Because I keep her near my heart, I now am never truly alone out there.  Any time I am scared or unsure, I impulsively clutch the diamond at my throat.  It’s my security and comfort.  Any time I think of her I can reach up and touch her knowing she is with me.  This journey of healing began with a casual conversation and has already taken me so many places.

After we picked the diamond up, my dad flew home while I stayed in Switzerland for 6 more days to continue the journey on my own.  All of those days she was with me.  From day one she sat beside me at Lake Geneva.  She hiked into the snow-covered Alps and bore witness to the mighty Matterhorn.  She saw the silent, pastoral beauty of the small villages between the peaks and watched as water fell from great heights.  When I returned home, she rode with me across the country and camped all through the Southwest.  She has trekked coast to coast and journeyed to the equator, to the arctic and back again.  She truly has become a prolific traveler and seen amazing things while being a true and faithful companion in the good and the tough times.  It is a healing journey with no end in sight and she gets to see the world with me, one step at a time.

2018-08-21T17:03:45+00:00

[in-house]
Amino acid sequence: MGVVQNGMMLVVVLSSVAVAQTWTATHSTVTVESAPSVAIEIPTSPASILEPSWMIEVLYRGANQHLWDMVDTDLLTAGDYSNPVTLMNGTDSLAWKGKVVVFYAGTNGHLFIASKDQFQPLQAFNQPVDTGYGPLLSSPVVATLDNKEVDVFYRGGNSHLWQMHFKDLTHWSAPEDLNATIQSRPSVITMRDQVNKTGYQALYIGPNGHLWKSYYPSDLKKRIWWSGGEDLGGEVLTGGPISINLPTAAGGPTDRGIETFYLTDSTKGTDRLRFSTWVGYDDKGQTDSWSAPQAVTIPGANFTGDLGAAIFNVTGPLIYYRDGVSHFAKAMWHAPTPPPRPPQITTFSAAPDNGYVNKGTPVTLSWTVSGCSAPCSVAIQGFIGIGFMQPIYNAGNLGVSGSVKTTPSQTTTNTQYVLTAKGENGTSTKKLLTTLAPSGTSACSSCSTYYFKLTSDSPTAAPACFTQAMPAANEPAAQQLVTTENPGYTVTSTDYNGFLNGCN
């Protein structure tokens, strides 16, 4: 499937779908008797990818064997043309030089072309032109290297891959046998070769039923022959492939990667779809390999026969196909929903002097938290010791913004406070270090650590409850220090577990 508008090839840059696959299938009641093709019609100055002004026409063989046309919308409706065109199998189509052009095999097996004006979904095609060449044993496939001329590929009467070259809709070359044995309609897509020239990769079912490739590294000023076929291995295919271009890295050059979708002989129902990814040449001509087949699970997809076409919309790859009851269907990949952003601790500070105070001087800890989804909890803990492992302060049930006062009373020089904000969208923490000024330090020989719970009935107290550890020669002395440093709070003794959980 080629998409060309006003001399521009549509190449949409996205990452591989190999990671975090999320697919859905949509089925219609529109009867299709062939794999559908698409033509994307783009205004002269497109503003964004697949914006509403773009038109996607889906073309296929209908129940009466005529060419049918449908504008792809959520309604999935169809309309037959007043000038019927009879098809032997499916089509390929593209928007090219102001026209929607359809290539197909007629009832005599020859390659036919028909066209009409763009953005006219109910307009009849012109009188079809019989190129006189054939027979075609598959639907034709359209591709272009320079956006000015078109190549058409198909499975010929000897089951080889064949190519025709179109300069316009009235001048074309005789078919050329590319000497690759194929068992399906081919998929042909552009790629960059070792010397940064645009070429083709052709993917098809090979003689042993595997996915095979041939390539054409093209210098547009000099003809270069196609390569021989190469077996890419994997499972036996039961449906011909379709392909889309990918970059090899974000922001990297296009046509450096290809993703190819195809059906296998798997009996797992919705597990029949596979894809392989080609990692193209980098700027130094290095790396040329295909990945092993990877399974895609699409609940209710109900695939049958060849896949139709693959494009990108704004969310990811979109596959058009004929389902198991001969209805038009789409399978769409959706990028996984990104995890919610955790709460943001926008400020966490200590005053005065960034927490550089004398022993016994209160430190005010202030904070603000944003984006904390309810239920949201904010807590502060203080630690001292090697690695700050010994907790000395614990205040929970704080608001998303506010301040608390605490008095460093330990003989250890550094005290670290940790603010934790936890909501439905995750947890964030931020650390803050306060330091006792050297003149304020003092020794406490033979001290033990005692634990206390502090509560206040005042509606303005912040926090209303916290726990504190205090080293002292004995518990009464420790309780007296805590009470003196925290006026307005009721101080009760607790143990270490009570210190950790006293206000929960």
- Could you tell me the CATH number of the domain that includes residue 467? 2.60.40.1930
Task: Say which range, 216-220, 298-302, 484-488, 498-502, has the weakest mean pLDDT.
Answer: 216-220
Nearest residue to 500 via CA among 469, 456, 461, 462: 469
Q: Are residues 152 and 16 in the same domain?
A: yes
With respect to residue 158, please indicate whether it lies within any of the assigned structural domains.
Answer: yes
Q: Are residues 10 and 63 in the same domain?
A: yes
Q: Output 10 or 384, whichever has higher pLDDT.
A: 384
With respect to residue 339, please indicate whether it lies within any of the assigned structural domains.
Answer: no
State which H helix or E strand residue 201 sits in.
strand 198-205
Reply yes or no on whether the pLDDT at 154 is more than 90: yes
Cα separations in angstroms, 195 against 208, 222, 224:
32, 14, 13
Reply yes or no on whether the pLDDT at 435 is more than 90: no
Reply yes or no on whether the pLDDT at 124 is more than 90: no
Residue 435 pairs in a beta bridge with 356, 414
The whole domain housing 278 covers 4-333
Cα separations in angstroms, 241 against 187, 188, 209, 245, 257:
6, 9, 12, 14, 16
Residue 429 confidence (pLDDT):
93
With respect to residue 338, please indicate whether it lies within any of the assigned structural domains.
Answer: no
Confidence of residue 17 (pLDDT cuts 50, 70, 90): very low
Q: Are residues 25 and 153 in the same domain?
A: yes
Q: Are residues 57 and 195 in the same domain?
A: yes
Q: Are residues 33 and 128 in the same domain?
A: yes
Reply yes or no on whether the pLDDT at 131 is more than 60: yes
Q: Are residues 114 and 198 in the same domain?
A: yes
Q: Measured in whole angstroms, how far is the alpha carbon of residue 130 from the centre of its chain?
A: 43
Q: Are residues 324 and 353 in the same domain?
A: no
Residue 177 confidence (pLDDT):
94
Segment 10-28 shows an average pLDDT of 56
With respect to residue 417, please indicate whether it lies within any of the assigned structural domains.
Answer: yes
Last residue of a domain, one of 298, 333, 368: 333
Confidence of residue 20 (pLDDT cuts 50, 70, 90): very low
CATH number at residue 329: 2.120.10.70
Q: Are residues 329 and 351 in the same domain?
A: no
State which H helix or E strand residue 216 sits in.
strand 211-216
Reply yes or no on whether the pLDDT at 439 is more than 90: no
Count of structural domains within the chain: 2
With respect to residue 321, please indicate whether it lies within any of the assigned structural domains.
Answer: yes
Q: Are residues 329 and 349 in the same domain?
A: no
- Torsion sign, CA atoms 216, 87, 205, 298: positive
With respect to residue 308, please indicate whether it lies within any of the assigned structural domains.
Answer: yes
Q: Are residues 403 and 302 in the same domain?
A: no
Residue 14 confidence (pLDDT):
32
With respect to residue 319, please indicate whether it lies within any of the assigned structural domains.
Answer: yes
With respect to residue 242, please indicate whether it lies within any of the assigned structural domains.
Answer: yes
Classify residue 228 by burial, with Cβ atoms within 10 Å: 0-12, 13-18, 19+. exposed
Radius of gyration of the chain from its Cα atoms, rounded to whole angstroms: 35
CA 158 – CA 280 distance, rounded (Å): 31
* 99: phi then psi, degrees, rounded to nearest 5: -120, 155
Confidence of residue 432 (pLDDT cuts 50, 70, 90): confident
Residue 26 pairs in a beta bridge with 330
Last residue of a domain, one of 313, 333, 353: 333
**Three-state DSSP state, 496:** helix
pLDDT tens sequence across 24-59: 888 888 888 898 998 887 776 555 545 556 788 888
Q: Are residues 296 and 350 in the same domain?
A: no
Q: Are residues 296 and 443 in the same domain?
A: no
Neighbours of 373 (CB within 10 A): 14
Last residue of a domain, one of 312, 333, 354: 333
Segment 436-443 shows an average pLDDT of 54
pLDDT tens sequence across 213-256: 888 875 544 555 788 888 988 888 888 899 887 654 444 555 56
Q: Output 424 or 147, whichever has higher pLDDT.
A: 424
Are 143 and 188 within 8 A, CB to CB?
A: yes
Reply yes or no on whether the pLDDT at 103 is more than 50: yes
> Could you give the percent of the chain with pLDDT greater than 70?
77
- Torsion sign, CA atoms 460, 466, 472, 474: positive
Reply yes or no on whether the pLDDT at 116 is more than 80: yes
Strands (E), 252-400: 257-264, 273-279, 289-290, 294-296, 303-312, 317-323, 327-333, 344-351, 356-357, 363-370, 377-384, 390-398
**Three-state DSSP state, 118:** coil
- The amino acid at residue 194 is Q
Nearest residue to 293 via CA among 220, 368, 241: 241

8 Comments

  1. Kmee August 21, 2018 at 5:40 pm - Reply

    So beautiful. Thank you for sharing.

  2. Aydee August 21, 2018 at 10:31 pm - Reply

    Many blessings today & always

  3. Pat Patter son August 22, 2018 at 9:31 am - Reply

    A more appropriate title would be “Life and Diamonds”

  4. Michael Schmitt August 22, 2018 at 1:47 pm - Reply

    So very sorry for the loss of your mom. But what a wonderful thing you did to fulfill her request. Your mom was and is fortunate to have a daughter like you. And I’m grateful that our paths crossed on this globe you travel. Fabulously written, as are all your posts !!! Maybe a book is in the future???

  5. Brent Warren August 27, 2018 at 5:57 pm - Reply

    Talor,

    I think we’ve followed each other on instagram for a month or two now and for the first time I finally got on your site and did some reading. I really applaud you for the way you opened up about your mom. I lost my father a few years ago and still struggle with how honest and how much information to share.

    Anyways, I just wanted to say you’re a badass. Keep up the good content (and awesome writing style!) I’m sure a lot of other people will relate to it.

    • Talor Stone November 13, 2018 at 2:33 pm - Reply

      Thanks so much Brent! I’m sorry about your father, but hopefully knowing you’re not alone helps!

  6. Maurizio August 30, 2018 at 5:10 pm - Reply

    What a beautiful letter and incredible memory you wrote of your life changing experience..thanks to share and happy path ahead with the love of your mother always with you

  7. Larry A. Thompson September 4, 2018 at 6:57 am - Reply

    Dear Ms. Stone, After my retirement, I took a part time position as an Attendant in a local funeral home here in Chesapeake, Virginia. Our purpose is, with the greatest dignity possible, help with the final resting place for the departed but our Main Purpose is to offer some Closure for those who remain! Rarely have I been part of so great an act as yours and your Father. Thank you for your bravery and sharing this beautiful journey with ME! Warm Regards, Larry A. Thompson